Student photo project infuses life into memories of Holocaust survivors

Color to Life aims to bring the stories behind the pictures back to life, through their restoration.

Holocaust survivor Anna Medved has only one photograph from her childhood - an image of herself as a seven-year-old girl in pre-WWII Ukraine, in 1933 (photo credit: Courtesy)
Holocaust survivor Anna Medved has only one photograph from her childhood - an image of herself as a seven-year-old girl in pre-WWII Ukraine, in 1933
(photo credit: Courtesy)
Holocaust survivor Anna Medved has only one photograph from her childhood – an image of herself as a sevenyear- old girl in pre-World War II Ukraine, in 1933.
Upon discovering that this old black-and-white picture is all that remains of Anna’s past, her granddaughter Michal Medved was struck by the fragility of the preservation of historical remnants, which could easily be lost or forgotten.
A recent visit to Belarus and Poland by the Cognitive Science and Psychology student, together with other Ben-Gurion University of the Negev students, instilled in Michal a newfound sense of urgency to cherish and safeguard memories of her family history, inspiring the idea for a project to digitize old family photographs.
Michal and fellow student Dima Boriskovsky decided to embrace modern technology as a means to immortalize memories of the past. The initiative was realized through a collaboration between Ben-Gurion University, Hillel Israel and the Genesis Philanthropy Group, under the title “Color to Life” – with the aim of bringing the stories behind the pictures back to life through their restoration.
Anna’s picture captured a happy moment of her childhood, before WWII broke out.
During the war, Anna lived in a ghetto in Zhitomir. She and her sister escaped death when they left the ghetto and walked dozens of kilometers to bring food for their family, only to hear the following day of a pogrom in the ghetto during which thousands of Jews were killed.
Among them were their parents. Anna’s brother was also killed after being sent to the Red Army.
Michal said her grandmother’s happy memories “almost disappeared and were replaced by the suffering and pain which she experienced,” inspiring her desire to immortalize the picture as a symbol of Anna’s happy childhood years. Quoting French playwright Alfred Capus, she said: “The best memories are those which we have forgotten.”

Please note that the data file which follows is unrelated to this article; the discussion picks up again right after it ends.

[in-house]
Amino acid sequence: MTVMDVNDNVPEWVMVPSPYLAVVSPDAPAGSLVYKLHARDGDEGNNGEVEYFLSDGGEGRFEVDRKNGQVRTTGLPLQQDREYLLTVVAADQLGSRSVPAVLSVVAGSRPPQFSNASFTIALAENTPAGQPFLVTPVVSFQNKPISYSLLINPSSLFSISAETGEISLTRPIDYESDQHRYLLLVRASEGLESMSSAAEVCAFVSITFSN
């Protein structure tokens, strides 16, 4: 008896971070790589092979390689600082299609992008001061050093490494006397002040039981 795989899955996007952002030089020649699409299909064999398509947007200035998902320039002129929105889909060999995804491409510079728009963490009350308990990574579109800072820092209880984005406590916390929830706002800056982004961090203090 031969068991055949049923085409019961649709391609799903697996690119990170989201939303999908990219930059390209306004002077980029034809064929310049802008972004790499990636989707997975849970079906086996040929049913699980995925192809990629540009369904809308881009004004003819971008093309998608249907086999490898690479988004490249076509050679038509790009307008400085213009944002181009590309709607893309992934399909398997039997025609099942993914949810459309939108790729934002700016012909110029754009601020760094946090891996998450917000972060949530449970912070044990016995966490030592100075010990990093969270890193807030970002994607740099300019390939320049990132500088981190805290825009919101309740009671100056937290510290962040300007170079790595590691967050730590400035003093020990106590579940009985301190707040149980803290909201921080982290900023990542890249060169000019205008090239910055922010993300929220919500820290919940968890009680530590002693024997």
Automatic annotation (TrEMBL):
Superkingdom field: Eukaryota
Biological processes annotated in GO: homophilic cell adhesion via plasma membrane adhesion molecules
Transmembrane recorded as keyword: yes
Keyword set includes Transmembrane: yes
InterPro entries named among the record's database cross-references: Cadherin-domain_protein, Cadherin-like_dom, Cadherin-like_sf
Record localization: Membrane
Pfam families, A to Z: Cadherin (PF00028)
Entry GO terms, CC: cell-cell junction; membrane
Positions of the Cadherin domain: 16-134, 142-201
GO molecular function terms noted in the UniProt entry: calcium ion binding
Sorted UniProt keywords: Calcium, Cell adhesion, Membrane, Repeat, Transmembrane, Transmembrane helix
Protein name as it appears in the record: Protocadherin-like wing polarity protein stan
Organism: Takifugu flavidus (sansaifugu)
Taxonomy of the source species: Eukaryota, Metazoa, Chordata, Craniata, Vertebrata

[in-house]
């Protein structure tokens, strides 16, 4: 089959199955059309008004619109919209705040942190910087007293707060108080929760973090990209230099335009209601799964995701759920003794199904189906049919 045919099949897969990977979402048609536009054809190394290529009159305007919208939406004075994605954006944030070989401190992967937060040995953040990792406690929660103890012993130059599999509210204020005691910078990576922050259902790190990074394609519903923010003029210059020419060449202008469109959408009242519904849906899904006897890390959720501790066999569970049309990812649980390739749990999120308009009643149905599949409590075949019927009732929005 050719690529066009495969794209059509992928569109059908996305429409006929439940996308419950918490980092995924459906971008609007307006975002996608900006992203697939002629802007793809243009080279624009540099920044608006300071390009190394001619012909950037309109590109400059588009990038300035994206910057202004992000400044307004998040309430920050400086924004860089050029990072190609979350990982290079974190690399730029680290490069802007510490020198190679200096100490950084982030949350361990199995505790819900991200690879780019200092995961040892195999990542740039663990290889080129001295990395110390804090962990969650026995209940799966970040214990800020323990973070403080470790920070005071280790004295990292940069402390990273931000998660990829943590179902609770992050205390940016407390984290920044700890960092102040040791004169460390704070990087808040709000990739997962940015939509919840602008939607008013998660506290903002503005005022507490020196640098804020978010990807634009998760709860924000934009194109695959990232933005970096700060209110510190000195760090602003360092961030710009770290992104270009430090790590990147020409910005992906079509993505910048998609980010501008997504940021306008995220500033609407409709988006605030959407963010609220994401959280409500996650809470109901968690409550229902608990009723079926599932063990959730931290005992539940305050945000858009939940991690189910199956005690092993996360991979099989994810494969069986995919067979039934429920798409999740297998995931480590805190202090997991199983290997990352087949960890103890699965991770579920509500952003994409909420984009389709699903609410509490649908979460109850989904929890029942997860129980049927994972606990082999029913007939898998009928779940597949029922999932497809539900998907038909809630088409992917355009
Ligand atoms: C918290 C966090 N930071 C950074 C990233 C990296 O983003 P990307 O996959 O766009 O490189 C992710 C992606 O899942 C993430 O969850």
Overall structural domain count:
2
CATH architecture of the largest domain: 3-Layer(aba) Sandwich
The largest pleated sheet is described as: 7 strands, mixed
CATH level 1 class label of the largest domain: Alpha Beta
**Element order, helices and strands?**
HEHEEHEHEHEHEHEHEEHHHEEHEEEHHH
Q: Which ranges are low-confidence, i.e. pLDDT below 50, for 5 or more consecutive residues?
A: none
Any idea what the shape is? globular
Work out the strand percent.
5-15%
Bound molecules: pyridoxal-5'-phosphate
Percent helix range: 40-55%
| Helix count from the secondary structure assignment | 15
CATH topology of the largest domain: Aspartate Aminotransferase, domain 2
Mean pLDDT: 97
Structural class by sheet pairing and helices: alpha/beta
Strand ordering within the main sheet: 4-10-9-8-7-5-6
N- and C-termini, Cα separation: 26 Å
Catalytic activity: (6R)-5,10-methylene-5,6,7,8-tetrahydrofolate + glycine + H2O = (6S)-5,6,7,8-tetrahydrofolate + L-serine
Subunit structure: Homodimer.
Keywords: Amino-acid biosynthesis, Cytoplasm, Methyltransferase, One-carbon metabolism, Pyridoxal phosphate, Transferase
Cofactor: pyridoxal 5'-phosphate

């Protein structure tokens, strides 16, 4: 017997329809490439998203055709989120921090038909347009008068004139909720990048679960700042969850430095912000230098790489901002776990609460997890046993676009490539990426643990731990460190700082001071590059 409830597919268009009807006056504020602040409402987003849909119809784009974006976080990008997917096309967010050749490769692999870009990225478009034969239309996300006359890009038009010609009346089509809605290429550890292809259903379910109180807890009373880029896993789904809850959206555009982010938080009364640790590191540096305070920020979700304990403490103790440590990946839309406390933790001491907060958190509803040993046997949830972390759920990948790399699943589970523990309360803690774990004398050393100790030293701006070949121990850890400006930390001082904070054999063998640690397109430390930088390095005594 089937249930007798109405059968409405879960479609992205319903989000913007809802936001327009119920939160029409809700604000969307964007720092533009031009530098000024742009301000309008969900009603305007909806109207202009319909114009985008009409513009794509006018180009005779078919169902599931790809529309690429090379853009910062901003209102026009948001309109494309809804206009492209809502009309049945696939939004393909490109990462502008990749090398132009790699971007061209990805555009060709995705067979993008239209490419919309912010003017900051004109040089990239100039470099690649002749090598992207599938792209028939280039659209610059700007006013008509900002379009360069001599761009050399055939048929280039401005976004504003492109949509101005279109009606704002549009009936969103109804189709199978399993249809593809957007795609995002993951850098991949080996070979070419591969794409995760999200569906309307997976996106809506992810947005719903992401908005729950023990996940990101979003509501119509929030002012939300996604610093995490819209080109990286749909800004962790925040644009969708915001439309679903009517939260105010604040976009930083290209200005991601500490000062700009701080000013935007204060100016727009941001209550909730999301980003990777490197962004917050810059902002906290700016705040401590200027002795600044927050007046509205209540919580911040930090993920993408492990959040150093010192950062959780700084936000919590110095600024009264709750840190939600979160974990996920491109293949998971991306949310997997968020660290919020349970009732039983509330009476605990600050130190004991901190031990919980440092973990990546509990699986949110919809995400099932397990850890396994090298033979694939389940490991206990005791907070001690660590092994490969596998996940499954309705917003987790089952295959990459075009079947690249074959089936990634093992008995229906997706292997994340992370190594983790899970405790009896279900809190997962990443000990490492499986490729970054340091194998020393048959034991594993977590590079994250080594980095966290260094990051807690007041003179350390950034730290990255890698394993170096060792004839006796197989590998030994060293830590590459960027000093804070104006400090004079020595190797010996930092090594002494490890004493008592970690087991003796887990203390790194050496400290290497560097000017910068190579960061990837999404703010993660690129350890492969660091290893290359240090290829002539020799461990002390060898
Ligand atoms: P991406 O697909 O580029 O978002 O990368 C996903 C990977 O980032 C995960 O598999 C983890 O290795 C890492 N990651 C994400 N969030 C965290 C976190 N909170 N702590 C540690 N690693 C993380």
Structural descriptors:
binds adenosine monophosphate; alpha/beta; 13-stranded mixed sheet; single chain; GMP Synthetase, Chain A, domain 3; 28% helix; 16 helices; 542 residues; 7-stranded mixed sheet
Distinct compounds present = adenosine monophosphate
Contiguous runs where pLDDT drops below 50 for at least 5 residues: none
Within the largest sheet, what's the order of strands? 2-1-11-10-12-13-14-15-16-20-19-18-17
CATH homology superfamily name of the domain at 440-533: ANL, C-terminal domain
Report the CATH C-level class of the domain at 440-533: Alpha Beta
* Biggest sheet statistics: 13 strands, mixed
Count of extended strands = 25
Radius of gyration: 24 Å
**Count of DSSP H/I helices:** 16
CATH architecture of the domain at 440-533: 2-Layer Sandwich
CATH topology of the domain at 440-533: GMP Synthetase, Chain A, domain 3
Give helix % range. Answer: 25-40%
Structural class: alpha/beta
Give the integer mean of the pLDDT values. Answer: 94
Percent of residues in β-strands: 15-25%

The picture of Anna was one of 11 selected to be displayed in color at the Haatika coffee shop in Beersheba, which hosts various exhibitions throughout the year.
The old, mostly low-quality black-and-white photos were displayed side-by-side with the new, high-quality color versions and texts of the stories behind the images.
In addition, 50 pictures, slides and films were selected for digitization.
A picture submitted by mechanical engineering student Assaf Alon was also selected for the exhibition. He only discovered the photo of his grandfather Arie Eichenbaum when the latter died two months ago.
Born in Warsaw, Eichenbaum fled eastward to Russia in September 1939 together with his sister and mother, finding refuge in a corn farm in Siberia, where they remained until the end of the war. His father was recruited to the Red Army and survived, and they all returned to Poland after the war, only to discover that the rest of their family had been killed at the Treblinka extermination camp and in the Warsaw Ghetto Uprising.
After living in a refugee camp in Germany, Eichenbaum moved to the US with his family and eventually fulfilled his dream of moving to Israel in 1964, when he accepted a job with Israel Aerospace Industries Ltd and helped found ELTA Systems Ltd. Alon’s picture shows his father sitting on his grandfather’s shoulders next to a Fouga Magister aircraft, during a family day at the workplace in 1970.
His father would go on to fly that model of aircraft many times as a pilot in the Israel Air Force. In 2010, Alon’s father also began working at ELTA. “I will be the third generation of engineers in my family,” said Alon.
Pola Ovrutski, director of Hillel at Ben-Gurion University, said that the project serves Hillel Israel’s mission to strengthen the Jewish identity of Israeli students and to deepen their sense of belonging to the Jewish people.
“The digitized images will be preserved for future generations and will provide a platform for the stories of Jewish families, mainly from eastern Europe and the former Soviet Union, during the Holocaust and WWII and in the years between the war and the establishment of the state [of Israel],” Ovrutski said.
As part of the project, postcards will be designed from each picture – one side featuring the old image and the other side the restored one – with the story printed along the lines reserved for text. The postcards will be sold at a price of NIS 2 each at the Hillel offices of Ben-Gurion University and on the organization’s website.